TR18-084 Authors: Iftach Haitner, Nikolaos Makriyannis, Eran Omri

Publication: 25th April 2018 21:25

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A two-party coin-flipping protocol is $\varepsilon$-fair if no efficient adversary can bias the output of the honest party (who always outputs a bit, even if the other party aborts) by more than $\varepsilon$. Cleve [STOC '86] showed that $r$-round $o(1/r)$-fair coin-flipping protocols do not exist. Awerbuch et al. [Manuscript '85] constructed a $\Theta(1/\sqrt{r})$-fair coin-flipping protocol, assuming the existence of one-way functions. Moran et al. [Journal of Cryptology '16] constructed an $r$-round coin-flipping protocol that is $\Theta(1/r)$-fair (thus matching the aforementioned lower bound of Cleve [STOC '86]), assuming the existence of oblivious transfer.

The above gives rise to the intriguing question of whether oblivious transfer, or more generally ``public-key primitives'', is required for an $o(1/\sqrt r)$-fair coin flipping. This question was partially answered by Dachman-Soled et al. [TCC '11] and Dachman-Soled et al. [TCC '14], who showed that \emph{restricted} types of fully black-box reductions cannot establish $o(1/\sqrt r)$-fair coin-flipping protocols from one-way functions.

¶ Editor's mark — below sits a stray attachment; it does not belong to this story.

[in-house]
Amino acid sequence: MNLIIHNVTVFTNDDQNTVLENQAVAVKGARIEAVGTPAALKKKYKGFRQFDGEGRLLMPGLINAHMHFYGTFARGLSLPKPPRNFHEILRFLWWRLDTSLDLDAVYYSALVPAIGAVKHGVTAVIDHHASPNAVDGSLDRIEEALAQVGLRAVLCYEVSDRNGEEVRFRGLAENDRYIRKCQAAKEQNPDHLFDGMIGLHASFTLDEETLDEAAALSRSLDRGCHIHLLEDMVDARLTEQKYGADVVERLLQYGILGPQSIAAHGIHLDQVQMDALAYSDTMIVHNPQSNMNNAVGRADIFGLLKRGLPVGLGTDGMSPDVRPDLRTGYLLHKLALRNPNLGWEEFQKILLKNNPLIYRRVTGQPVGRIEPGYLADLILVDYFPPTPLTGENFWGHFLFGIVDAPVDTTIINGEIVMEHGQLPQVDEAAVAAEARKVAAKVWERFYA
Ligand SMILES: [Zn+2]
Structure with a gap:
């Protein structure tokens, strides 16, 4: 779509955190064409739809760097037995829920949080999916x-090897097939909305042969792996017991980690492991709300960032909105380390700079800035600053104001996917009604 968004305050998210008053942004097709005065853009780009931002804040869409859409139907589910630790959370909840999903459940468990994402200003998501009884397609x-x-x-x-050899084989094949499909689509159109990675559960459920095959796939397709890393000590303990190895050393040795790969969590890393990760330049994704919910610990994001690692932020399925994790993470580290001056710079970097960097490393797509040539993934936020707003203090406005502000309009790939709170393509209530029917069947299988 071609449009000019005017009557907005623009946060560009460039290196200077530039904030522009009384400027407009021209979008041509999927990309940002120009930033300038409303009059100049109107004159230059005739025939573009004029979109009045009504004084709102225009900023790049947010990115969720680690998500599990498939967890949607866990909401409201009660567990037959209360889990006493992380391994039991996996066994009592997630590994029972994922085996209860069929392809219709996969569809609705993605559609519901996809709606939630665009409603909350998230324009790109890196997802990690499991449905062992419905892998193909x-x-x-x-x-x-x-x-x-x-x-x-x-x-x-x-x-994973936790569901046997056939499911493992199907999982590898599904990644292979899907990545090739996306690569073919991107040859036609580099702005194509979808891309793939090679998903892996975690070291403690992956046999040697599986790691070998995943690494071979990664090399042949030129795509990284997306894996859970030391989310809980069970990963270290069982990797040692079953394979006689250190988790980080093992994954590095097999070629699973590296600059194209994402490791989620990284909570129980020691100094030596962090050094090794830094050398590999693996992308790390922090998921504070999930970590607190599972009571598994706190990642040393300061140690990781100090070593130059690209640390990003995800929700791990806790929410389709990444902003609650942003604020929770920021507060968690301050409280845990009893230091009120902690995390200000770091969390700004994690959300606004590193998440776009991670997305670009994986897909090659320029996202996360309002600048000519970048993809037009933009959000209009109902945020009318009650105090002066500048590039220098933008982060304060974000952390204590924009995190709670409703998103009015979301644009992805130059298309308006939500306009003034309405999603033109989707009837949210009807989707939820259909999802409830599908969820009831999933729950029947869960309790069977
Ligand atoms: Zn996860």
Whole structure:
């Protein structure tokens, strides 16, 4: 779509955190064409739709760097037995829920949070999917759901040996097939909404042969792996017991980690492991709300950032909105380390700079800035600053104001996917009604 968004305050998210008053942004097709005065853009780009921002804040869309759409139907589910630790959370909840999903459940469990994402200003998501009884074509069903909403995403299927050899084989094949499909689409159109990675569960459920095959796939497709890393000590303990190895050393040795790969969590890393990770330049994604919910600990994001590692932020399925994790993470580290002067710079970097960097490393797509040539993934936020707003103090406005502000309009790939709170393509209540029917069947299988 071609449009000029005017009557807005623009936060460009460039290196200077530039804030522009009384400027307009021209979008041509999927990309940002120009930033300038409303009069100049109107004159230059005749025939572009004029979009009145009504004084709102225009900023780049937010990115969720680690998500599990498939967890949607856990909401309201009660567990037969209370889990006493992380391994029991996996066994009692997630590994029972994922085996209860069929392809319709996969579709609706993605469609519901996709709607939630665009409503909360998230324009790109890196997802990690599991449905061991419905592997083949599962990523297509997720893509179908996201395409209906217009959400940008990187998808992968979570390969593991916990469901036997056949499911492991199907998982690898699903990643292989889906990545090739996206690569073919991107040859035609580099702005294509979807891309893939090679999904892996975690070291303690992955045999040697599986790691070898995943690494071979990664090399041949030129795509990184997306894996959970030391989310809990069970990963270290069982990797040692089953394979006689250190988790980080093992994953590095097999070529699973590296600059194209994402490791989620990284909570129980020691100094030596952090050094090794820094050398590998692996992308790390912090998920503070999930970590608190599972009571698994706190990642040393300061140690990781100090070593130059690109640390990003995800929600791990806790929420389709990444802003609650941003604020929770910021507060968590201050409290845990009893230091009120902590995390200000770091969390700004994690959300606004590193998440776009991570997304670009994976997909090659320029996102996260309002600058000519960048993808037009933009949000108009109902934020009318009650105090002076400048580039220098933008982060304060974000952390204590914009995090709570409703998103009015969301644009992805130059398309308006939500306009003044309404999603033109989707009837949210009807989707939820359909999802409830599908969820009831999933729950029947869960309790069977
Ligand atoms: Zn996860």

We make progress towards answering the above question, by showing that, for any (constant) $r\in \mathbb{N}$, the existence of an $1/(c\cdot \sqrt{r})$-fair, $r$-round coin-flipping protocol implies the existence of an infinitely-often key-agreement protocol, where $c$ denotes some universal constant (independent of $r$).

Our reduction is non black-box and makes a novel use of the recent dichotomy for two-party protocols of Haitner et al. to facilitate a two-party variant of the recent attack of Beimel et al. on multi-party coin-flipping protocols.